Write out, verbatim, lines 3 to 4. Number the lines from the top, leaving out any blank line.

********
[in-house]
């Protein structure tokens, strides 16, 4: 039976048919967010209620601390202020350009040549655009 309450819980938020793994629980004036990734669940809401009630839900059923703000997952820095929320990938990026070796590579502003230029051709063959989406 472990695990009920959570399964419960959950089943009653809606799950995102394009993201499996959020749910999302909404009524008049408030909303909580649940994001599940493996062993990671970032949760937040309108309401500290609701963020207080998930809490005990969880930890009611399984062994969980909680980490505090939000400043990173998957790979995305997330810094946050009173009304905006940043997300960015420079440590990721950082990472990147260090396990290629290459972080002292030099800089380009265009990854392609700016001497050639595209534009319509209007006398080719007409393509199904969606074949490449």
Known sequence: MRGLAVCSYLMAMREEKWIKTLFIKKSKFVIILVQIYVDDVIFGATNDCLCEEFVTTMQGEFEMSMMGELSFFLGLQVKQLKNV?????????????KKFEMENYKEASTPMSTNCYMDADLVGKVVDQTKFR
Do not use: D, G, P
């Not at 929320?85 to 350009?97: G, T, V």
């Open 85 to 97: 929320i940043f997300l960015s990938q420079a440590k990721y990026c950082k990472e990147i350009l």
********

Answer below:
Known sequence: MRGLAVCSYLMAMREEKWIKTLFIKKSKFVIILVQIYVDDVIFGATNDCLCEEFVTTMQGEFEMSMMGELSFFLGLQVKQLKNV?????????????KKFEMENYKEASTPMSTNCYMDADLVGKVVDQTKFR
Do not use: D, G, P